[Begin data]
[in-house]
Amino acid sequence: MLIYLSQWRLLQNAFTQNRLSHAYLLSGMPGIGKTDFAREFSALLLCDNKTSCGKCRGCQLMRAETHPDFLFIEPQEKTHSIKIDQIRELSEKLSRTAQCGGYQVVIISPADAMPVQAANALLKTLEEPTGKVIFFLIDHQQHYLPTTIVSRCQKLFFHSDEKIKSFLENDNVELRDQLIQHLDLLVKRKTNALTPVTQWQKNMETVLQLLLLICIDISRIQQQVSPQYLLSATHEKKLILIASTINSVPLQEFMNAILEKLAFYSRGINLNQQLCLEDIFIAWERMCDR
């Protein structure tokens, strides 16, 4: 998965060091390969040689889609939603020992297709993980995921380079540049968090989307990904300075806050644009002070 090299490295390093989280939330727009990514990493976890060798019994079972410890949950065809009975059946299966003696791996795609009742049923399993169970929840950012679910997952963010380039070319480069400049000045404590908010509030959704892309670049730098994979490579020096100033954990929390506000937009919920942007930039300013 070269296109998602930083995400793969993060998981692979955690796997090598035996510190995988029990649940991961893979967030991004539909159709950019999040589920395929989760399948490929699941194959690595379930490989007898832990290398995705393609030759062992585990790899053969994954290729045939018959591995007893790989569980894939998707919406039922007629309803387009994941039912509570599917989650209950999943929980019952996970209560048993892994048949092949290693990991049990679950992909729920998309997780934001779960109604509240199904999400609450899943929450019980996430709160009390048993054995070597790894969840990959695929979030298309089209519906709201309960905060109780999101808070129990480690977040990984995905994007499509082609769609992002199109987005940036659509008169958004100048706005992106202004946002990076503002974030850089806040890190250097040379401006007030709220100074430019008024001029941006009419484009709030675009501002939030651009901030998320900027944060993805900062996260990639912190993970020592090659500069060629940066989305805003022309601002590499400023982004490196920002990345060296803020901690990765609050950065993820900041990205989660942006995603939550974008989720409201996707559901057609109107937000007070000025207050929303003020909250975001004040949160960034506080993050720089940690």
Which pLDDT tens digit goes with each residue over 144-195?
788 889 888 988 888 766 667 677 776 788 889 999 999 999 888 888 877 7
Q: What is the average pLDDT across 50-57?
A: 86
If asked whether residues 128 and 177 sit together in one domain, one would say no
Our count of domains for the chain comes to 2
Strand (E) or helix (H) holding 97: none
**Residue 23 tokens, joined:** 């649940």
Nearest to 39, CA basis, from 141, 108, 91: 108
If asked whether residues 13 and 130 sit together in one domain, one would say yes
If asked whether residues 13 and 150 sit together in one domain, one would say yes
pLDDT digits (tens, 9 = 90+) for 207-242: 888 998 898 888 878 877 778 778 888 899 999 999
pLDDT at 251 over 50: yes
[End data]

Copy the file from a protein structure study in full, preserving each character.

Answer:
[in-house]
Amino acid sequence: MLIYLSQWRLLQNAFTQNRLSHAYLLSGMPGIGKTDFAREFSALLLCDNKTSCGKCRGCQLMRAETHPDFLFIEPQEKTHSIKIDQIRELSEKLSRTAQCGGYQVVIISPADAMPVQAANALLKTLEEPTGKVIFFLIDHQQHYLPTTIVSRCQKLFFHSDEKIKSFLENDNVELRDQLIQHLDLLVKRKTNALTPVTQWQKNMETVLQLLLLICIDISRIQQQVSPQYLLSATHEKKLILIASTINSVPLQEFMNAILEKLAFYSRGINLNQQLCLEDIFIAWERMCDR
């Protein structure tokens, strides 16, 4: 998965060091390969040689889609939603020992297709993980995921380079540049968090989307990904300075806050644009002070 090299490295390093989280939330727009990514990493976890060798019994079972410890949950065809009975059946299966003696791996795609009742049923399993169970929840950012679910997952963010380039070319480069400049000045404590908010509030959704892309670049730098994979490579020096100033954990929390506000937009919920942007930039300013 070269296109998602930083995400793969993060998981692979955690796997090598035996510190995988029990649940991961893979967030991004539909159709950019999040589920395929989760399948490929699941194959690595379930490989007898832990290398995705393609030759062992585990790899053969994954290729045939018959591995007893790989569980894939998707919406039922007629309803387009994941039912509570599917989650209950999943929980019952996970209560048993892994048949092949290693990991049990679950992909729920998309997780934001779960109604509240199904999400609450899943929450019980996430709160009390048993054995070597790894969840990959695929979030298309089209519906709201309960905060109780999101808070129990480690977040990984995905994007499509082609769609992002199109987005940036659509008169958004100048706005992106202004946002990076503002974030850089806040890190250097040379401006007030709220100074430019008024001029941006009419484009709030675009501002939030651009901030998320900027944060993805900062996260990639912190993970020592090659500069060629940066989305805003022309601002590499400023982004490196920002990345060296803020901690990765609050950065993820900041990205989660942006995603939550974008989720409201996707559901057609109107937000007070000025207050929303003020909250975001004040949160960034506080993050720089940690």
Which pLDDT tens digit goes with each residue over 144-195?
788 889 888 988 888 766 667 677 776 788 889 999 999 999 888 888 877 7
Q: What is the average pLDDT across 50-57?
A: 86
If asked whether residues 128 and 177 sit together in one domain, one would say no
Our count of domains for the chain comes to 2
Strand (E) or helix (H) holding 97: none
**Residue 23 tokens, joined:** 């649940």
Nearest to 39, CA basis, from 141, 108, 91: 108
If asked whether residues 13 and 130 sit together in one domain, one would say yes
If asked whether residues 13 and 150 sit together in one domain, one would say yes
pLDDT digits (tens, 9 = 90+) for 207-242: 888 998 898 888 878 877 778 778 888 899 999 999
pLDDT at 251 over 50: yes